Your 44-Week-Old

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Your Baby

Babies love animals, but animals don't always love babies—especially when the baby constantly chases the animal or pulls on its tail.  No matter how kind, patient or loving your family pet is, keep a close eye on both human and animal... Read more

Your Life

Speaking of the dentist, when's the last time you had your teeth checked? Women suffer more cavities than men, and some experts believe that the hormones of pregnancy may be partially to blame. If you haven't seen the dentist in awhile, call and... Read more

Moms Like Me

Making sure the older one knows it's her 'responsibility' to take care of the younger one. (although not so much to make her resentful, of course) Give her special Big Sister things to do that her little sibling can't do. "She's so lucky to... Read more

Your 44-Week-Old: Your Baby

Babies love animals, but animals don't always love babies—especially when the baby constantly chases the animal or pulls on its tail.  No matter how kind, patient or loving your family pet is, keep a close eye on both human and animal right now.  Your baby doesn't understand how to be gentle yet, and your pet, if threatened, may react in uncharacteristic ways.  For now, closely supervise any pet playtime. 

Some babies begin to exhibit a fear of water around now.  Other babies cringe when they see grass.  (Really! Some kids just can't stand the feel of grass against their skin.)  While your baby's peculiarities can seem pretty unusual to you, rest assured that your baby is not the first to fear water...or grass...or tigers...or whatever.  For now, respect your baby's boundaries.  If he truly panics when he sees grass, there's no reason to plop him down in the grass for a picnic.  Of course, there's no reason to seclude him in the house, either.  Just calmly go about your day-to-day life, explaining and labeling as you go.  ("Do you see that?  Yes, that's grass!  Grass can feel a little prickly sometimes.")  In time, he may forget what the fuss was all about. 

Physically, your little one is getting ready to "cruise" around furniture.  Keep your video camera charged, because those precious first steps could come any day now!

While you're waiting, brush up on your first aid skills.  A couple bumps and bruises are the inevitable side effect of your baby's increased mobility.  Usually, your baby will require nothing more than a word of reassurance and, maybe, a quick peck on the cheek.  Rarely, though, a baby will chip a tooth or crack his head open on the edge of a table.  Would you know how to respond?

Whatever you do, don't freak out!  Babies pick up your emotions, so if you're calm, your baby is more likely to stay calm as well.  Comfort your baby, then check his injuries.  If he has a bleeding wound, use a clean cloth to apply pressure; the bleeding should stop in a few minutes.  Then, clean the wound with warm water.  It might be a lot smaller than you initially suspected; head wounds are notorious for bleeding profusely.  If the cut is relatively small, apply some antibiotic ointment and a bandage.  If the cut is deep or long—deeper than a quarter inch or longer than a half inch—head to your local ER.  Your baby might need some stitches.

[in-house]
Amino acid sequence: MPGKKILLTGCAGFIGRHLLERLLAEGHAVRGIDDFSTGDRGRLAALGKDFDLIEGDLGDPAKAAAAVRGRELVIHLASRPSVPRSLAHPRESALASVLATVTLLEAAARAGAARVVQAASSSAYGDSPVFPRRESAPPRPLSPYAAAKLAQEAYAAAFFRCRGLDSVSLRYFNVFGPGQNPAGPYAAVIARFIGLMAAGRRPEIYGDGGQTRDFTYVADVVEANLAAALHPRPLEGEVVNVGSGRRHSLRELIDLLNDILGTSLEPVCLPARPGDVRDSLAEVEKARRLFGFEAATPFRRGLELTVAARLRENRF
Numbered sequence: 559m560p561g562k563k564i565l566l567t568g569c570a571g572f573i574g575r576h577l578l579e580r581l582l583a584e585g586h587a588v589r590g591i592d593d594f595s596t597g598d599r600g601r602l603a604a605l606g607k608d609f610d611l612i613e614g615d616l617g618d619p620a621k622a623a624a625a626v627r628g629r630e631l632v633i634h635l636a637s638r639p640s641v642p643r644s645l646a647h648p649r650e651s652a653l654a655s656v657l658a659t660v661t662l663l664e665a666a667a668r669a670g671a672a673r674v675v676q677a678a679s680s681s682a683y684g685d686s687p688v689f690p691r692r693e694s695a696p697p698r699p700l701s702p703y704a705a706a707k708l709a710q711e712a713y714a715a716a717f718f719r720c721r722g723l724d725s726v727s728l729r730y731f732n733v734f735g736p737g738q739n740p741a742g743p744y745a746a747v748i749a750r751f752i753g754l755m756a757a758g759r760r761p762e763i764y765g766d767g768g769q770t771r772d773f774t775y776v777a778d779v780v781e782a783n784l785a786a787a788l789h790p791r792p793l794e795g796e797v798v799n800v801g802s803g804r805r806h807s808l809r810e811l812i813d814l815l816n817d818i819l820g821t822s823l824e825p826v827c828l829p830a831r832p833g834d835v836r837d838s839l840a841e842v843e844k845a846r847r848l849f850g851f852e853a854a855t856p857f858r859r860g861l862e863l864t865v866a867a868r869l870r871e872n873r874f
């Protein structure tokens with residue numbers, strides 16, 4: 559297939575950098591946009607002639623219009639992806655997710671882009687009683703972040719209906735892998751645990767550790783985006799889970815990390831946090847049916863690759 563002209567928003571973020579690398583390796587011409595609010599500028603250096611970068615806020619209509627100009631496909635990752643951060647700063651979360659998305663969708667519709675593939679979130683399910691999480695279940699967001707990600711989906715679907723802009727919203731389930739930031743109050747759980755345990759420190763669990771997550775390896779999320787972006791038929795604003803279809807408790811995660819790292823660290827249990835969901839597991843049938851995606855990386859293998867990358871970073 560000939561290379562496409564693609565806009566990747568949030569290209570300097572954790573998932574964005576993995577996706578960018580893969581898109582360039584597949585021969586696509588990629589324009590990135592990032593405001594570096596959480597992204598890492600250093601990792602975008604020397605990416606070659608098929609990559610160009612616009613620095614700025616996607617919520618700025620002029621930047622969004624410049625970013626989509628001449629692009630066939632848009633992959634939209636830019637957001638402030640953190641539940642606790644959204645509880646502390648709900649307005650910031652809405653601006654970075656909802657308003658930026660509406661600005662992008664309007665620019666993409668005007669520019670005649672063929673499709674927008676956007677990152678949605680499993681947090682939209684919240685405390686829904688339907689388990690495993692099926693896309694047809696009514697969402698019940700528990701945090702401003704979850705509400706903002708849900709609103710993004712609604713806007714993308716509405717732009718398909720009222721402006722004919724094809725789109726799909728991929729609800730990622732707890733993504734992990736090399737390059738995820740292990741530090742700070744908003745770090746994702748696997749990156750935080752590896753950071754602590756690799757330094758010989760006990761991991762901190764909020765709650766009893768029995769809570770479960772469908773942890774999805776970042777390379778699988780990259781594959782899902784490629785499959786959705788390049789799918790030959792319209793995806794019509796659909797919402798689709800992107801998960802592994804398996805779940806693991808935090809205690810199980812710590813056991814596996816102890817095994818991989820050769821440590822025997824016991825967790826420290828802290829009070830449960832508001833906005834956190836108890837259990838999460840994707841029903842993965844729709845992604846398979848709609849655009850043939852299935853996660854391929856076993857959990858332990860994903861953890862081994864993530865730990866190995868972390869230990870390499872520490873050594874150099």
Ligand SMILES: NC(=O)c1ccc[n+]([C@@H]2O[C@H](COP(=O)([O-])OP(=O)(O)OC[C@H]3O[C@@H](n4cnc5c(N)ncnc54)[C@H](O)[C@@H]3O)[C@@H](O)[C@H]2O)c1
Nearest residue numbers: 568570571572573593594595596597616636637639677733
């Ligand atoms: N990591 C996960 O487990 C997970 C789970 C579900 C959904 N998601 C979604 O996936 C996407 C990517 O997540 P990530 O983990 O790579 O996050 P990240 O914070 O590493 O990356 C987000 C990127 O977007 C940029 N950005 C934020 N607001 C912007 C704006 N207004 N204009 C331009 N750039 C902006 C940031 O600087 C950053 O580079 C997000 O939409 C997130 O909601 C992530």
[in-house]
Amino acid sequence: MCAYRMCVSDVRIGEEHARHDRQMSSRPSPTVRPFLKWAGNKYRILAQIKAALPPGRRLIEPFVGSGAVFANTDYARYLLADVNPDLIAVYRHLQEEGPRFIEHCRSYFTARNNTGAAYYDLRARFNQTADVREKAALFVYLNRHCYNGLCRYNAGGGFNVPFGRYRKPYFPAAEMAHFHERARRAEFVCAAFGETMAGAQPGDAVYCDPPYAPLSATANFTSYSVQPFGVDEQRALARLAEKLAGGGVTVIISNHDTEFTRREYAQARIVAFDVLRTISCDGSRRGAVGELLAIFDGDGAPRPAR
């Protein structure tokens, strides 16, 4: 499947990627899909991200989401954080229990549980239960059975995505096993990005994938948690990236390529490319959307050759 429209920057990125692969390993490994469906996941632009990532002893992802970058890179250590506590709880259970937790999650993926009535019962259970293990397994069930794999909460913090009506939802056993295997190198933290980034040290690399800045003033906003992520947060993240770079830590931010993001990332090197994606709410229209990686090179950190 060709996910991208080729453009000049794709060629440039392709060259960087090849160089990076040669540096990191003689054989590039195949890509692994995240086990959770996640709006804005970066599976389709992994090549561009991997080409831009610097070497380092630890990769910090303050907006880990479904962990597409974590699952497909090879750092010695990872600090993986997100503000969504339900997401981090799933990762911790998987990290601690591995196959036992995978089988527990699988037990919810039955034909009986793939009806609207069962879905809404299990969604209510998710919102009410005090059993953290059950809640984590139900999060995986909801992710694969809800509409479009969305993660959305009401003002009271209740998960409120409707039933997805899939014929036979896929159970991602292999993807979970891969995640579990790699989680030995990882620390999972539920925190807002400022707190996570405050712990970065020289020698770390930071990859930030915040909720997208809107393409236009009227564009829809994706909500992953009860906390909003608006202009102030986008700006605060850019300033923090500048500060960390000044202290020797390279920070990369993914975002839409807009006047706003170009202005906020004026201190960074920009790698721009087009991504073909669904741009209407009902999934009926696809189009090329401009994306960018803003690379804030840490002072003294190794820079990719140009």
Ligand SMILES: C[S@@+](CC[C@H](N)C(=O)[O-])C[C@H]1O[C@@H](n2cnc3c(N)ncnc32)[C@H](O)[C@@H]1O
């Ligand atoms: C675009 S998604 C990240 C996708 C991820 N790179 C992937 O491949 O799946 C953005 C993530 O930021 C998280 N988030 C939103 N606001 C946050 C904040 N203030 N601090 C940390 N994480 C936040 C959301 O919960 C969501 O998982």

Chipped teeth are generally not a cause for concern, but contact your dentist anyway.  He or she may want to file down any sharp edges.
 

Your Life

Speaking of the dentist, when's the last time you had your teeth checked? Women suffer more cavities than men, and some experts believe that the hormones of pregnancy may be partially to blame. If you haven't seen the dentist in awhile, call and schedule a check-up. He'll probably want to obtain a full set of dental x-rays, especially if you skipped them while pregnant. You'll also receive a thorough cleaning and, probably, a fluoride treatment. Getting your teeth in great shape now is a particularly good idea if another pregnancy is in your future. Did you know that gum disease may cause preterm labor? Most moms are on-the-ball when it comes to scheduling their babies' doctor and dental appointments, but somewhat lax when it comes to their own health. Neglecting your own health needs, though, is a bad idea. So schedule that appointment—and while you're at it, pencil in another one six months from now.

Moms Like Me

Making sure the older one knows it's her 'responsibility' to take care of the younger one. (although not so much to make her resentful, of course) Give her special Big Sister things to do that her little sibling can't do. "She's so lucky to have you around! You can teach her how to get dressed/read/get her a snack" Also have special one-on-one time with her (I know, obvious and also hard to do some times). Make sure she knows it's special one-on-one time. "I just love spending time with JUST you. It's nice doing things just the 2 of us sometimes!" — cheekygremlin

What Moms Are Talking About

My kiddo is starting to get past this a bit and I miss it! I never thought I would say that! He's now super attached to his Dad, which is great, but it does kind of hurt my feelings when he sits by the bathroom door crying because his Dad is taking a shower while I'm sitting right next to him trying to comfort and play with him. What am I, chopped liver?! —jackson-in-the-box    Read More

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